A pair of surveys asked Americans a more concrete question: in 1960, whether they would be “displeased” if their child married someone outside their political party, and, in 2010, would be “upset” if their child married someone of the other party. In 1960, about 5 percent of Americans expressed a negative reaction to party intermarriage; in 2010, about 40 percent did (Republicans about 50 percent, Democrats about 30 percent).
A note of caution: This party animosity is not historically new, just new to last several decades. At least partisans today are not brawling with and killing one another, as was true in the 19th century. But something seems to have changed since the less polarized era of the mid-20th century.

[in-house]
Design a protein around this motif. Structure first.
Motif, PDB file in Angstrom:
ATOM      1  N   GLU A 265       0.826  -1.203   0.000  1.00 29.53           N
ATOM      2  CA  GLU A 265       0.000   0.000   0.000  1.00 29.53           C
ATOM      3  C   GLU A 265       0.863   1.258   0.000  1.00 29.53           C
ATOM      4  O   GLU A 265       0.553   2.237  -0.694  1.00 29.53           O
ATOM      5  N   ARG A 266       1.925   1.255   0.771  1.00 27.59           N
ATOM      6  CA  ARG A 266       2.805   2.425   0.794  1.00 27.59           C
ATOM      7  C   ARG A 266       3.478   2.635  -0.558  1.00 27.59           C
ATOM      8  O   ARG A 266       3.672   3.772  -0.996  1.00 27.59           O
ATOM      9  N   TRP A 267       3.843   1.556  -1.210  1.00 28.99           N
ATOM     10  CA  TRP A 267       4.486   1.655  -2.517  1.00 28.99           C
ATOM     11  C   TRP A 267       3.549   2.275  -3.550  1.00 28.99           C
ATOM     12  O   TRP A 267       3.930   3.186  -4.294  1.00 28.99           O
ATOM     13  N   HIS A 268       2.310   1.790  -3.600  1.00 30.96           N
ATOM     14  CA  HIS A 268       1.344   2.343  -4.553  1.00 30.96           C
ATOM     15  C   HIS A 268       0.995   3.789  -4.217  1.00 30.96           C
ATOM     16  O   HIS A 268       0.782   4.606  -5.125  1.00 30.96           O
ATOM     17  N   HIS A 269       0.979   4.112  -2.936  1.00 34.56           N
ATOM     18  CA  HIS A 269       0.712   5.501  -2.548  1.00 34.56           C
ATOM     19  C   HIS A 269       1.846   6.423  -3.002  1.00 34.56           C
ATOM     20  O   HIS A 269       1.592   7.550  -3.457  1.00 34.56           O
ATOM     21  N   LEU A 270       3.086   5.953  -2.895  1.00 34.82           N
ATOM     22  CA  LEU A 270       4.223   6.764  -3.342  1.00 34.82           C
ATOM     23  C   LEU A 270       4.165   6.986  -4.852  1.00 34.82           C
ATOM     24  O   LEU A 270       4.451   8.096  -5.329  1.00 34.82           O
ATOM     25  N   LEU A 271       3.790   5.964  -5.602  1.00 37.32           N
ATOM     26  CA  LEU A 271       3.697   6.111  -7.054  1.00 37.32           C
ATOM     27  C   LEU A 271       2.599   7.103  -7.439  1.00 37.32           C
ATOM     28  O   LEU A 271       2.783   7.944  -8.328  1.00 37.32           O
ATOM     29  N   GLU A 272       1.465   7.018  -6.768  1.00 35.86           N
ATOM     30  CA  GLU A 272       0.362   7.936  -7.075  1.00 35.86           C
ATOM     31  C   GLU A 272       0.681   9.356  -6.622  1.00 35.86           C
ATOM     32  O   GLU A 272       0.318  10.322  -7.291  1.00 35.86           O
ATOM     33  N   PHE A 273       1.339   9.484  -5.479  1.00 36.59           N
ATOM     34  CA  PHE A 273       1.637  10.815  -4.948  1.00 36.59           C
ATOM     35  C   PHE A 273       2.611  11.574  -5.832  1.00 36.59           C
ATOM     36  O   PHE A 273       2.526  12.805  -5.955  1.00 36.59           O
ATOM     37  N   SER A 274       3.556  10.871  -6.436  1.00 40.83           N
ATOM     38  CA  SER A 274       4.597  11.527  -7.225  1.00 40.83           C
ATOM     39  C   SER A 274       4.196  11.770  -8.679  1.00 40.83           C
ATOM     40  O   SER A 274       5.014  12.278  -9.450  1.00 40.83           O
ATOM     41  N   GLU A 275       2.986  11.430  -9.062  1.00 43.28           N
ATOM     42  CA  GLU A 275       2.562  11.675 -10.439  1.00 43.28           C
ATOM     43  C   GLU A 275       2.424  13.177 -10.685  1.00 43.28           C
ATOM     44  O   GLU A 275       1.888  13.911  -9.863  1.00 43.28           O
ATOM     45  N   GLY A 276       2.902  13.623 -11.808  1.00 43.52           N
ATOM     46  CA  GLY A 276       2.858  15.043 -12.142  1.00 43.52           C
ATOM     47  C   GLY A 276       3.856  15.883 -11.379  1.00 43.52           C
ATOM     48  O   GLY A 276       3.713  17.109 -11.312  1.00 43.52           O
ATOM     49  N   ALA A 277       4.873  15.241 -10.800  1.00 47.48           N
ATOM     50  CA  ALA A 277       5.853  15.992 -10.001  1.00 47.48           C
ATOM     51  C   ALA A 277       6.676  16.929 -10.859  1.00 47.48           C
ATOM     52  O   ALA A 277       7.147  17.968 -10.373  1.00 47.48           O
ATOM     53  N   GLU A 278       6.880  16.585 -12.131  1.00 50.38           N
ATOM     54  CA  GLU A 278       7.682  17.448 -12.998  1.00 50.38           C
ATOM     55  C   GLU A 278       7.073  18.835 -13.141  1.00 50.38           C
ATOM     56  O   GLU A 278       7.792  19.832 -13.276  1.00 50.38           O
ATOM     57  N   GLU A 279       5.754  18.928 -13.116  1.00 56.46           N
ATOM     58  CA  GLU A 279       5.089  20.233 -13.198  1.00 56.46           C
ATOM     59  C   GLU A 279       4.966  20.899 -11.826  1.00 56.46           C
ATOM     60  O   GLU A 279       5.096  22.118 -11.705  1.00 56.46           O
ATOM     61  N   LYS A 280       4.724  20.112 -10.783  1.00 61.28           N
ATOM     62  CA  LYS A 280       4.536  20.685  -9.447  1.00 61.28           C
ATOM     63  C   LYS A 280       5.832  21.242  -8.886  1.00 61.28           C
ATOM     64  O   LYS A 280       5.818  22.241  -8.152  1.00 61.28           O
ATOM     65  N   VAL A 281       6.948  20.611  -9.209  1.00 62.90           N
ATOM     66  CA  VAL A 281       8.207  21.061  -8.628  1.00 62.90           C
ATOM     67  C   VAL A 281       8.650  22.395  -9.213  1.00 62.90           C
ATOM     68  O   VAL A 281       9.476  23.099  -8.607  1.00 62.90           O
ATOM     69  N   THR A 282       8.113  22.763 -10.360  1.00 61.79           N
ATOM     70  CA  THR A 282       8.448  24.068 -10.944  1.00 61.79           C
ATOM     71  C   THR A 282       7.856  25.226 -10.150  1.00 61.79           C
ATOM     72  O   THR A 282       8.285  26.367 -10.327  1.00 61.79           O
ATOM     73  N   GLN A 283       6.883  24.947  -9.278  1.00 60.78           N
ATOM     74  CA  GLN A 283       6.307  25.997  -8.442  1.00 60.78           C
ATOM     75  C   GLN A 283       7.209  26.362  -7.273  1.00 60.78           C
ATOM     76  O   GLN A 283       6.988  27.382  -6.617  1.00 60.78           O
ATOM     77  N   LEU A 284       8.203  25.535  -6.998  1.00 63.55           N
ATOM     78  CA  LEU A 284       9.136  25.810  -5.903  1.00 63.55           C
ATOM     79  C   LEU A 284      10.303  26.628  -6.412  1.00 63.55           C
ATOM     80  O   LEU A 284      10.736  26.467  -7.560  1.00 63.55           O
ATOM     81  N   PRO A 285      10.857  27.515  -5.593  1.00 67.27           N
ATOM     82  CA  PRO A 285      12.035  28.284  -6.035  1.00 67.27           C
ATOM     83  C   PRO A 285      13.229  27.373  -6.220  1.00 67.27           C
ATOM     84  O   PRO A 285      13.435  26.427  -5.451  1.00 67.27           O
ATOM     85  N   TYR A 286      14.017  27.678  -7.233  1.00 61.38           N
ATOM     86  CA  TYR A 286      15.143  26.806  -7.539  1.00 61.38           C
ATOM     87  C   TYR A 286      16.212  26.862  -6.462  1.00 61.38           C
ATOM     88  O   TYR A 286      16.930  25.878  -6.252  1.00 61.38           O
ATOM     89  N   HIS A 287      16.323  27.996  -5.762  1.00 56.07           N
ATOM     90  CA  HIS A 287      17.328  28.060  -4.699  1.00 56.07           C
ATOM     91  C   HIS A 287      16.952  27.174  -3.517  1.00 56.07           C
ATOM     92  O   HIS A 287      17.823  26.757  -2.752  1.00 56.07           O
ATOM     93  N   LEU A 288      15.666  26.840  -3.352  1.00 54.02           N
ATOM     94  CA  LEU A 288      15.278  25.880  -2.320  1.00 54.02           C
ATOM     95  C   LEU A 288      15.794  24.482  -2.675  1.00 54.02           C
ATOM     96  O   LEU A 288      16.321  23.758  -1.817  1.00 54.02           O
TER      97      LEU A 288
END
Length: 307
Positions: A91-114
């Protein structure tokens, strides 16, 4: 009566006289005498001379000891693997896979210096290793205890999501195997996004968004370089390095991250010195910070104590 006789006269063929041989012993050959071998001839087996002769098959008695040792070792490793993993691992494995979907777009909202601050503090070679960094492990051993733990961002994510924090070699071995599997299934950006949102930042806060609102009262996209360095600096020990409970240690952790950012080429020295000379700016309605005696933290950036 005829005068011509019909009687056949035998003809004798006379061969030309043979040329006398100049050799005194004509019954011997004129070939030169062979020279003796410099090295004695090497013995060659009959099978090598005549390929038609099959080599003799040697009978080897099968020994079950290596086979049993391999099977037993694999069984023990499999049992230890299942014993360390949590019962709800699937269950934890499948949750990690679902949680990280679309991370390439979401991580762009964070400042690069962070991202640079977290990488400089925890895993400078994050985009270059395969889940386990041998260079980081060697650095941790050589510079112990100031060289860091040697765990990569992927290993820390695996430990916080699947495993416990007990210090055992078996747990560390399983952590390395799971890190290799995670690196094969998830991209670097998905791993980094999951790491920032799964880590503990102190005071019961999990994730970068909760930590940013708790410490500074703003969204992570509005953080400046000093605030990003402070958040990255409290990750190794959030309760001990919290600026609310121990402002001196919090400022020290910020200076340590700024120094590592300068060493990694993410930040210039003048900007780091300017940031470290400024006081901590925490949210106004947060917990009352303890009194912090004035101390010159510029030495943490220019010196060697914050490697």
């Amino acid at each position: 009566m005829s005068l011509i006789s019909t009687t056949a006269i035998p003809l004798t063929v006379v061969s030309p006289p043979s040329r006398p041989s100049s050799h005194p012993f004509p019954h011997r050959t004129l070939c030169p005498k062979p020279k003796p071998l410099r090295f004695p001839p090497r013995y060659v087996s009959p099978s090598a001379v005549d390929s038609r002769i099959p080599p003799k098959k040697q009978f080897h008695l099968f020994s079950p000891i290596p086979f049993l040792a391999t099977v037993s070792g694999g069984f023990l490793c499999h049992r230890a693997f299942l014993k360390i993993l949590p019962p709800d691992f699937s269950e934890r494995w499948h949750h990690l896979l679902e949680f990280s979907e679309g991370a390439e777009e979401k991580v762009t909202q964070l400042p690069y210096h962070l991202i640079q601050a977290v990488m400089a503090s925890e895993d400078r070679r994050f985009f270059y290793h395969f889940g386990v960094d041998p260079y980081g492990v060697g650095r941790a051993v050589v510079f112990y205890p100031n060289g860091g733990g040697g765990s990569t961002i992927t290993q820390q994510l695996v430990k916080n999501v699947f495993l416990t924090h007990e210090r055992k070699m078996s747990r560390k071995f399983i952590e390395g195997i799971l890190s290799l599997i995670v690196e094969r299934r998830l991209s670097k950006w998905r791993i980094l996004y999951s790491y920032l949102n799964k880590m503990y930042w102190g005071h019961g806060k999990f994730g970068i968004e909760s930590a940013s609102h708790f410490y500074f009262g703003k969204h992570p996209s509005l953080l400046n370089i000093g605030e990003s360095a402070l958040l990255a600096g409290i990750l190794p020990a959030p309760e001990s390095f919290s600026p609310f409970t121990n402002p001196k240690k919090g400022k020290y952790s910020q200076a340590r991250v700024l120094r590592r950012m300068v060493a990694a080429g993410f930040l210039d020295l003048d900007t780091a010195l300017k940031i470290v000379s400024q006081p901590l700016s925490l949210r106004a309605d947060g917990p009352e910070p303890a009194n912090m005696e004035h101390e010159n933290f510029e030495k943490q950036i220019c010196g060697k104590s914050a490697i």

I do have Republican friends and they all describe themselves as “conservative” (though they’re not, if you go by the issues). One thing I cannot tolerate, though, is above-it-all centrists and people who think David Brooks is wise and moderate (there’s a lot of overlap between these two groups of course). If a friend says “both sides do it” or “there was a great David Brooks column yesterday”, I razz them mercilessly until they’ve either changed their mind or yelled uncle.